With regard to energy technology, hydrogen has become relevant again today due to environmental problems. The extensive combustion of fossil fuels such as coal, petroleum and natural gas is a large-scale intervention by mankind into the natural balance of the earth. The global warming provoked by the increasing concentration of CO2 in our atmosphere will have threatening effects if a further rise in the average temperature cannot be kept within narrow limits. The EU has set an ambitious goal of 2° C above the preindustrial level for this rise . Today, 0.8° of this EU goal has already occurred , so that many countries have established climate-protection programs. They support technical alternatives to an energy supply which releases large quantities of CO2. The climate program of the German Federal government stipulates a broad-based energy supply, depending primarily on renewable energy sources and including very ambitious CO2 reduction goals .
Hydrogen as an energy carrier plays a role today in two areas, owing to the increasing proportion of sustainable energies in use and the more stringent requirements for energy efficiency. It thus represents the bridge between stationary electric power production and the transport sector:
1. For transportation, automobiles and buses can be powered very efficiently and with no CO2 emissions using hydrogen and fuel cells;
2. Many renewable energy sources, especially wind energy, but also solar energy, whose technical and economic feasibility are at present guaranteed, generate electric power in a fluctuating mode and therefore require energy storage systems. This storage could be accomplished by using part of the wind (and solar) power generated to produce hydrogen electrolytically, and then storing it.
These two elements can be coupled in a rational way by using so-called surplus power, e. g. wind power which is not needed by the power grid at the time when it is generated, for the production of hydrogen. This hydrogen can then substitute mineral fuels directly.
For heavy machinery such as trucks, construction equipment, locomotives, ships and aircraft, liquid fuels cannot be readily substituted, and this will continue to be true in the foreseeable future. For these uses, the energy storage density of hydrogen at the current and foreseeable state of the technology is insufficient in comparison to liquid fuels. For stationary applications also, gaseous hydrogen will not play a role in the foreseeable future; here, a mature infrastructure for utilizing natural gas is already in place.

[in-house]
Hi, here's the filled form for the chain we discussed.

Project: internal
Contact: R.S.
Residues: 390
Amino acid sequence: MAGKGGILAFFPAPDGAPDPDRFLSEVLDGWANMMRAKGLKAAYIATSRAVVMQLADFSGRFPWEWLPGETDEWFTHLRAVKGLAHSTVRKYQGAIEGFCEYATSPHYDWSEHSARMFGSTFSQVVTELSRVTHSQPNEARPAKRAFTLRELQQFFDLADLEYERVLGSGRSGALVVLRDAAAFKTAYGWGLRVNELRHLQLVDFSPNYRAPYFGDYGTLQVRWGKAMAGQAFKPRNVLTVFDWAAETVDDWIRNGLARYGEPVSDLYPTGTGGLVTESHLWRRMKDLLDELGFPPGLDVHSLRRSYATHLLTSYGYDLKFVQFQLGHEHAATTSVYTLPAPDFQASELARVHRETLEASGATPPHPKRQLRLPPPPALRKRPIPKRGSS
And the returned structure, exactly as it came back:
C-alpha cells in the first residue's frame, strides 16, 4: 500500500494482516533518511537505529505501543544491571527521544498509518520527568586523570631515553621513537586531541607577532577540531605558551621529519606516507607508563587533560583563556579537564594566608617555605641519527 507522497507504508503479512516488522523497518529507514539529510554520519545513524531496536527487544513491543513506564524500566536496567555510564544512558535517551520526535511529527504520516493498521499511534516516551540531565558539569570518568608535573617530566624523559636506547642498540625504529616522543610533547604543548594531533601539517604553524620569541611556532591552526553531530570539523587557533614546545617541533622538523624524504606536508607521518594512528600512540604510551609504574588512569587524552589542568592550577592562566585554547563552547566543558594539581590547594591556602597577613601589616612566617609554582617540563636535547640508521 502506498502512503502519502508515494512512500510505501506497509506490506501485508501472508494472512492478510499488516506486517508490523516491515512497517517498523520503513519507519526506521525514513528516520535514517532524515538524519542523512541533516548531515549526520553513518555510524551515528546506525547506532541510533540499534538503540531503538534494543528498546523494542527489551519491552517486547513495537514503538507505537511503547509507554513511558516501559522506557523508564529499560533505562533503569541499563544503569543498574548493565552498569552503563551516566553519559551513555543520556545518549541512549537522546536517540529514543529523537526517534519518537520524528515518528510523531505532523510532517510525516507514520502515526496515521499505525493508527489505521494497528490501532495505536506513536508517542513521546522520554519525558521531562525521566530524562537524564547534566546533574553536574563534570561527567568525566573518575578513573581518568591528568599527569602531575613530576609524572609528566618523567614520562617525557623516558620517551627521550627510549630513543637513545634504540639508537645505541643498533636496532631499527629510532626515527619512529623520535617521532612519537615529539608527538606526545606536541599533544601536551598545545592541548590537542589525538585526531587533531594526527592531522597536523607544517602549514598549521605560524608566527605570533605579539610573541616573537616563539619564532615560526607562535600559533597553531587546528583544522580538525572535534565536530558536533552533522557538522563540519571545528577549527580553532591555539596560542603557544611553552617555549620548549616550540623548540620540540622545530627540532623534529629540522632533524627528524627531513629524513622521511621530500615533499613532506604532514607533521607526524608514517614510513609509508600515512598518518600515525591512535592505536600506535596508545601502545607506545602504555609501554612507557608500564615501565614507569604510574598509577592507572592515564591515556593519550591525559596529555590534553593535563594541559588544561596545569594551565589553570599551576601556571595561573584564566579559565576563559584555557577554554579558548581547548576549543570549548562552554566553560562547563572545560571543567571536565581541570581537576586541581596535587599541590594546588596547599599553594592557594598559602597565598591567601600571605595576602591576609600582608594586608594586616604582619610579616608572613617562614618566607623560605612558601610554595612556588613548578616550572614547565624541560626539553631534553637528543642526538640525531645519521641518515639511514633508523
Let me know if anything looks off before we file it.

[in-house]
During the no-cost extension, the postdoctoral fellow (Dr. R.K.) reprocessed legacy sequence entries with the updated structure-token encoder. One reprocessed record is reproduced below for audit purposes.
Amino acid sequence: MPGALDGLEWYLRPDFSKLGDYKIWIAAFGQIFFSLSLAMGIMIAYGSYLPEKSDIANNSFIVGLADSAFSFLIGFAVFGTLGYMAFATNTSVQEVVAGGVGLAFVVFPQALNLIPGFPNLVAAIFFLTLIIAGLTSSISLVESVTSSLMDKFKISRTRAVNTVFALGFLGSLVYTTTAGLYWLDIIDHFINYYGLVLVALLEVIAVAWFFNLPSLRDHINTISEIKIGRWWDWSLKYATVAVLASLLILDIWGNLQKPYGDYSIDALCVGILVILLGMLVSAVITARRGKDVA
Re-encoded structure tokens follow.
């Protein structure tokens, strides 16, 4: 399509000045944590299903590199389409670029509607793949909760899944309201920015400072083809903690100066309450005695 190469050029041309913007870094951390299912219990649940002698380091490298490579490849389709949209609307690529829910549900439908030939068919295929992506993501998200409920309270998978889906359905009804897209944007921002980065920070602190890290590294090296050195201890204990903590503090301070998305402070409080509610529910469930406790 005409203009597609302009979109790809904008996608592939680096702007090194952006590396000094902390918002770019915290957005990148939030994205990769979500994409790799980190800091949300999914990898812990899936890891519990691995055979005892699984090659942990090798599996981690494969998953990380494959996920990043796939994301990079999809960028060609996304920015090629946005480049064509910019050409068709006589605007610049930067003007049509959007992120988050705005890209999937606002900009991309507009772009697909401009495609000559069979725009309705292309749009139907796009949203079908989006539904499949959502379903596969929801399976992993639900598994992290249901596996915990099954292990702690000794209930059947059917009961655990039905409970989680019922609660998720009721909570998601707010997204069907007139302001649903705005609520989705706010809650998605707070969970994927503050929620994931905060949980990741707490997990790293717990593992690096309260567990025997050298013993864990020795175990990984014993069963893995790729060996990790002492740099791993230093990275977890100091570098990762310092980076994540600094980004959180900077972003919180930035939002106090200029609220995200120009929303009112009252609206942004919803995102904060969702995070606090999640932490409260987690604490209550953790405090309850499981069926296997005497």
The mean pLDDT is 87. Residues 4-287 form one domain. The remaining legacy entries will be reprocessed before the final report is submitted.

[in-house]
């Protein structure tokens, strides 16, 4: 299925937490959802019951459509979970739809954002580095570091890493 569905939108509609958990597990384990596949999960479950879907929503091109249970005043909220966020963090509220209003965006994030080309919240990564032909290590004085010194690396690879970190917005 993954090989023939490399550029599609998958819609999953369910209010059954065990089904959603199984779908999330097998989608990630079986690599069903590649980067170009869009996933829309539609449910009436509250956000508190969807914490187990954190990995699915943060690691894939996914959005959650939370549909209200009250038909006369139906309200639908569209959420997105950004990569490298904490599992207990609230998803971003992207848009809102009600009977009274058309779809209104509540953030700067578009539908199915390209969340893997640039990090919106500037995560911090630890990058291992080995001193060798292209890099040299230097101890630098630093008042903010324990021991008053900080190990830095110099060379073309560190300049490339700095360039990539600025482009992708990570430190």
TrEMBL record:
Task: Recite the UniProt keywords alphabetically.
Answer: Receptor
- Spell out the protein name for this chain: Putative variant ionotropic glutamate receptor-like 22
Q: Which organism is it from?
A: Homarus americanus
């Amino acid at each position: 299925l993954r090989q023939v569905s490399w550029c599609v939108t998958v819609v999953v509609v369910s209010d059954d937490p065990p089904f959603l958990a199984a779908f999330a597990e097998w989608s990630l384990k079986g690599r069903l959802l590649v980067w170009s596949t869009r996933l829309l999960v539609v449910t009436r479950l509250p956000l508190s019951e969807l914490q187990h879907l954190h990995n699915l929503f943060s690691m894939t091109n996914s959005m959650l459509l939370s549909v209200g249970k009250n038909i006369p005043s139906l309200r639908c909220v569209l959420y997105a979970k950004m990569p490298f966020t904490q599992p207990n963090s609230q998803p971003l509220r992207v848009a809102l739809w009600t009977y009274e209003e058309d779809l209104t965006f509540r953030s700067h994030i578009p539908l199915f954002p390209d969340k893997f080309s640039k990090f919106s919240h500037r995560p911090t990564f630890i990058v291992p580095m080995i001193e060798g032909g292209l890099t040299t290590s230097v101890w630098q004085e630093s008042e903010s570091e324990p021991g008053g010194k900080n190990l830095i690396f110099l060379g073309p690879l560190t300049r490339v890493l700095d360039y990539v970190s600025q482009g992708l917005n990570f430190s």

Hydrogen could, however, be added at up to several percent to natural gas in the pipeline networks, as has been discussed under the buzzword “wind hydrogen”. As an alternative, methane production from hydrogen has been suggested, where hydrogen and carbon dioxide are reacted to give methane with an energy input (thermodynamically more precisely: an uptake of enthalpy) of 206 kJ/mole:
CO2 + 4 H2 о CH4 + 2 H2O.
The carbon dioxide could be provided by a future carbon capture and sequestration (CCS) scheme. This alternative indeed makes use of an established infrastructure, but it is not energy efficient and requires the availability of concentrated and purified CO2, e. g. through CO2 capture from exhaust gases.
Methane production is in addition economically questionable, since pure electrolysis hydrogen used as a fuel would be in competition with it and would have at least the value of gasoline today, 65-70 N-ct./liter of gasoline equivalent before taxes. Even twice this price would be justified and therefore probably acceptable to the market, since hydrogen in fuel-cell powered vehicles is twice as energy-efficient as gasoline burned in an internal-combustion engine. Thus, one could expect that a price of 1.3-14 N per liter of gasoline equivalent would be achievable for hydrogen (gasoline has an energy content of 32 MJ/l; MJ = megajoules; l = liter). Hydrogen used for methane production and added to natural gas would be sold at the same price as the natural gas, i. e. around 1 N-ct./MJ or 32 N-ct./liter gasoline equivalent. Thus, the value of a pure electrolysis product would be reduced by half or even to only a quarter by a process technology which involves additional energy losses and added costs.